So you got your dream job or that promotion –how do you keep that great opportunity?
1) Make a great initial impression
So it’s your first day! Let’s make sure it is the right impression. Before your first day verify when you should be reporting to work, where you should be, and to whom you need to report to… Believe it or not some organizations assume you know – or they are so glad they finally filled the role; they forget to give you the details.
Show up 5-10 minutes early (not 30 minutes) – be well dressed for the role (no wrinkles, wear decent shoes, hair/nails neat and groomed, etc.). During your first day – have something that you bring to take notes on. You want to take notes of anything someone else thinks is important. This shows them that you think it is important too (instant connection!). You can also jot down names as you are introduced around the workplace.
End of the first day – don’t be ready to run out of there right when quitting bell rings. If presented with the opportunity – stay a few minutes late and chat with a co-worker, employee or boss. What these people say about you in the first week will cement your early brand/perception in the company. That brings us to the next tip.
2) Show interest in others
Ask people’s names, ask about their kids/family, and ask about what they do at the company. You can even ask them how you can help them in your role. For example – if you are a sales person you can ask the people that are responsible for delivering your products to the customer what you can do to make their lives easier.
Caution – this must be genuine – you must actually care – otherwise it will come off as politicking and it will actually create negative impression. So if you are someone that has a hard time getting interested in others – set some weekly goals around learning different areas of this new business by asking people about their jobs and what they do. That will serve two goals for you – one you will learn what is really going on and you will show interest in other people.
3) Make connections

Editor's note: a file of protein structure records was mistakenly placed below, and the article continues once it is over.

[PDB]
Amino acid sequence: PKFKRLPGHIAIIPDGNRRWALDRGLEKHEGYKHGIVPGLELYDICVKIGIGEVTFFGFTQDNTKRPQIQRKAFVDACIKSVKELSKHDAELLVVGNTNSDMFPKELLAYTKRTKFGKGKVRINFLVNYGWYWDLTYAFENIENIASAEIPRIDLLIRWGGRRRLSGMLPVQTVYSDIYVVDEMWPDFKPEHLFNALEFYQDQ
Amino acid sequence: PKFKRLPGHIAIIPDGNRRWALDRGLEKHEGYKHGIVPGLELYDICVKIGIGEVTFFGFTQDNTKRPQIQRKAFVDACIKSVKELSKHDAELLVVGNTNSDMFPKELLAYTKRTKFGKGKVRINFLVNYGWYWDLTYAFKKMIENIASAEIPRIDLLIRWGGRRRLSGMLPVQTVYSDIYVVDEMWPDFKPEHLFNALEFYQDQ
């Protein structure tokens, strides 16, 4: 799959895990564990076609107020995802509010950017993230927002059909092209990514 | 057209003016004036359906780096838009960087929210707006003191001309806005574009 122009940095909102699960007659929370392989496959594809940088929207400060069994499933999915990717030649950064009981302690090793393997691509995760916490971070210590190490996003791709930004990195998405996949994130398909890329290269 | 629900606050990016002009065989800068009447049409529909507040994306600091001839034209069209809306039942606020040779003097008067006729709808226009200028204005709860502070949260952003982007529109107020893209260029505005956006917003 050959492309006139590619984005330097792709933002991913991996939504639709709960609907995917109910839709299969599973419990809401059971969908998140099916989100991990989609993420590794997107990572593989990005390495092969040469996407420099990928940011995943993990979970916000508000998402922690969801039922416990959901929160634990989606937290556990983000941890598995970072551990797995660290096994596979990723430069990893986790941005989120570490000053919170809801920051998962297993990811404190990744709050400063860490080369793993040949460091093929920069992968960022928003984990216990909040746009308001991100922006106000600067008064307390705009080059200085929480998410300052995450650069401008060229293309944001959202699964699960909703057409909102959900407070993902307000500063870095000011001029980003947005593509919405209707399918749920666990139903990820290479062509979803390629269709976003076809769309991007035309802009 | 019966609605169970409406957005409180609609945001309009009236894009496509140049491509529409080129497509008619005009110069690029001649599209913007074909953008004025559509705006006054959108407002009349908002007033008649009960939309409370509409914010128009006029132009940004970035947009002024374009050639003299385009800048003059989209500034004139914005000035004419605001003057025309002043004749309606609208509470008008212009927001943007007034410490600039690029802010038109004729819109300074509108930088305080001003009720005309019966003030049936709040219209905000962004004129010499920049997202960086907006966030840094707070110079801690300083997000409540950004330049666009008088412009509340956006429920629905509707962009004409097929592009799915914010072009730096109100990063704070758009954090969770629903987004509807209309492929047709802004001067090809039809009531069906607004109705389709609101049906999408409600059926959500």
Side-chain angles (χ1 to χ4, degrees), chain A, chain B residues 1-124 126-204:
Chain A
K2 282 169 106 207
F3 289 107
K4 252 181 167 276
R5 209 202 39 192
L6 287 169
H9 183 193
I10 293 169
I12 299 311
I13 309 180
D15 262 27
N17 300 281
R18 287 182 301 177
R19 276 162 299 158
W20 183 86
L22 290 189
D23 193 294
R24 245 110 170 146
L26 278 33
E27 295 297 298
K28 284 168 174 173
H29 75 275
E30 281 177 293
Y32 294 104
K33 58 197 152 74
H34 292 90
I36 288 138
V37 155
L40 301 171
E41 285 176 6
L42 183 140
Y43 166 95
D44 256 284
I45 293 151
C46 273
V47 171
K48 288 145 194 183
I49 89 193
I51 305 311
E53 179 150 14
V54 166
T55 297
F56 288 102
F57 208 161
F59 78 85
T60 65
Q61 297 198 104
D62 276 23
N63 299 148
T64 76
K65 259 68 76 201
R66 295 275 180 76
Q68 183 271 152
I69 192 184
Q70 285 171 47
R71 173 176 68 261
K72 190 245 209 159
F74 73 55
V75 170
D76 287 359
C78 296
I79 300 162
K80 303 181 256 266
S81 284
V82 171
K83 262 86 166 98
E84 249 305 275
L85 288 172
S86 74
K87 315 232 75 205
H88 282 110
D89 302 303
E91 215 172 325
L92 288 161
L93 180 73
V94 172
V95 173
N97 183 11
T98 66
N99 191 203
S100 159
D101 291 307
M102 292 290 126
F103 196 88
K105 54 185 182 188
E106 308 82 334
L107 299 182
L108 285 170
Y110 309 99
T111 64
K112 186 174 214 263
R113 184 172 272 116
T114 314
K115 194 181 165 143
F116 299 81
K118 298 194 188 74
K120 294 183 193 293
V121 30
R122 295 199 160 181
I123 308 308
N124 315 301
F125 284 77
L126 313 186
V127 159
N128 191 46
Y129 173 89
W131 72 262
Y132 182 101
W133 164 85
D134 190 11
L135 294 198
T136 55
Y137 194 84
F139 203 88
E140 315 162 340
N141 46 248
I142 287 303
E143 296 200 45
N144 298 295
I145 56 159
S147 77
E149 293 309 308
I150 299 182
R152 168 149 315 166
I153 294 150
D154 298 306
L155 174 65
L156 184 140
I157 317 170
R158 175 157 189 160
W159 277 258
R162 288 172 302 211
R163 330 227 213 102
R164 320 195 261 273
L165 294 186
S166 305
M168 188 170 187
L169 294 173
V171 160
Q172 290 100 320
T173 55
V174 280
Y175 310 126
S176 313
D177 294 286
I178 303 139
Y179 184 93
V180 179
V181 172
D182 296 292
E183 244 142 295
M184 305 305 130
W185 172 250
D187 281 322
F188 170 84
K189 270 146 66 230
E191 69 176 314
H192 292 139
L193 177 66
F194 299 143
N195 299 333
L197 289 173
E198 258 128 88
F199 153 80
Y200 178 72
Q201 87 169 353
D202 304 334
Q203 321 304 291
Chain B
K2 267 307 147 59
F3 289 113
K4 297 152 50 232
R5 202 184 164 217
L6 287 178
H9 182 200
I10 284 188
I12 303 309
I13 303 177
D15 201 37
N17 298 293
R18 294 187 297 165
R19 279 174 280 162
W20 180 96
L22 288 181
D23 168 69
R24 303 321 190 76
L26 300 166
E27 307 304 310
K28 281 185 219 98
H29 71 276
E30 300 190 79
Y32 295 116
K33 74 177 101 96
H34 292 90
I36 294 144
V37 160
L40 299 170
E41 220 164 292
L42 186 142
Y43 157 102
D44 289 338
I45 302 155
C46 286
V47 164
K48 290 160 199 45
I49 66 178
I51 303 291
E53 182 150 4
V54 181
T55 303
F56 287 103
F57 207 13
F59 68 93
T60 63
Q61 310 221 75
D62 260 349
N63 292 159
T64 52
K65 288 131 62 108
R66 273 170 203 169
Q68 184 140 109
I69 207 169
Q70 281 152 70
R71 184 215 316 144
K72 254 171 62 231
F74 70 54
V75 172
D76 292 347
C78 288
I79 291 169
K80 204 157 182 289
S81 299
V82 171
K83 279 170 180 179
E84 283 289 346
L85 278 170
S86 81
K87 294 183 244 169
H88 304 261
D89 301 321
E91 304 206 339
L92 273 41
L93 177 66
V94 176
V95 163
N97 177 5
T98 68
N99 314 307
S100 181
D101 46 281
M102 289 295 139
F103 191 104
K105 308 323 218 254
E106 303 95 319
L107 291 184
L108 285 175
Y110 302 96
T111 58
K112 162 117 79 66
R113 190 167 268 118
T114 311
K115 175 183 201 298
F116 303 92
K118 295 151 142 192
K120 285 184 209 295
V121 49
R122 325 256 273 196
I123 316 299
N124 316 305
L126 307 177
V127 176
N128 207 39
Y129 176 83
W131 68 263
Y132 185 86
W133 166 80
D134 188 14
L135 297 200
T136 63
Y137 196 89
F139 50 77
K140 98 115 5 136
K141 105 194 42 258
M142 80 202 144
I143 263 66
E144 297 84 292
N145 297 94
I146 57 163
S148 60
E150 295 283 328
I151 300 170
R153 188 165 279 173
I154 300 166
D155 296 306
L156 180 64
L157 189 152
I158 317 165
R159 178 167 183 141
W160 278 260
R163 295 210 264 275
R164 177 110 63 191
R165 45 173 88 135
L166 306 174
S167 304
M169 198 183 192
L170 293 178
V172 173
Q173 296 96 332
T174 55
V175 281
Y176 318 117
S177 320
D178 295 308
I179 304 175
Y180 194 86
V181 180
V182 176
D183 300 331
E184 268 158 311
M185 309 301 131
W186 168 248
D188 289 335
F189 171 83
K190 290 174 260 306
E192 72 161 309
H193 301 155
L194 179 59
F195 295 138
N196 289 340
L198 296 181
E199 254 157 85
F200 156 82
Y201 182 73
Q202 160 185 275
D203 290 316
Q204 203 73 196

Now that you have shown some interest in others – it is a good time to make some connections. The goal here is to make a deeper connection with others – the more of those you have – the better impression overall people will have of you in the organization. This also includes your boss – which will be a key relationship that will drive not only your satisfaction in your current role – but possibly your future for advancement and income earnings.
This doesn’t mean that you have to be best friends with everyone – but you know when you have made connections when people start seeking you out, asking you to lunch, etc. You may need to initially start these interactions, but by the end of your first 30 days – you should have at least 2 people that would like to have lunch with you. You should also know enough information about others that you know some spouses names and or professions; kids names and/or activities; and know what some of them really care about.
4) Take time to understand
Then take the time to understand – so instead of superficially just memorizing people’s favorite sports teams or what they do on the weekends, start understating them as a person. What motivates them? What values drive them? What really irritates them? This will help you understand how to better communicate with them and also align your goals with their goals. People who are able to master this are able to get things accomplished quickly even in the most bureaucratic organizations. During the first 30 days will just be the tip of the iceberg and it is something you will need to continue for success with others.
5) Deliver on your promises
How do you gain trust with others? Well you need to be credible and deliver on what you promise. During your initial month- you want to make promises that are 100% within your control. An example would be: “I will call you back this afternoon”. Then you call back the earliest in the afternoon as possible, not waiting until 4:50pm to make the call. When your co-workers, boss, and/or employees see you making promises and delivering – early – that is truly impactful.
People believe the actions people take over the words they say.
Was there anything in the interview that you promised or said you would do? Check with your manager before charging ahead to make sure that they are on the same page and then make it happen! If you said that you can see 10 customers a day as a sales rep – that is what they are going to expect from you when you start. If you were hired to get accounting practices in line – then take visible steps that show you are making that start to happen during the first 30 days.
6) Ask for feedback
Make time the first 2-3 weeks to ask for feedback from your boss and others on your team every week. You can start by “So how do you think I am doing so far?” Then probe for greater clarity – you are seeking areas that they feel you have made an impact; areas they think you can focus on in the upcoming week; and you are also demonstrating you care about your boss/team and the company. You need to make sure that you actually take the advice and suggestions – if the advice seems strange, don’t be afraid to talk to your manager about the suggestions to see if it makes sense.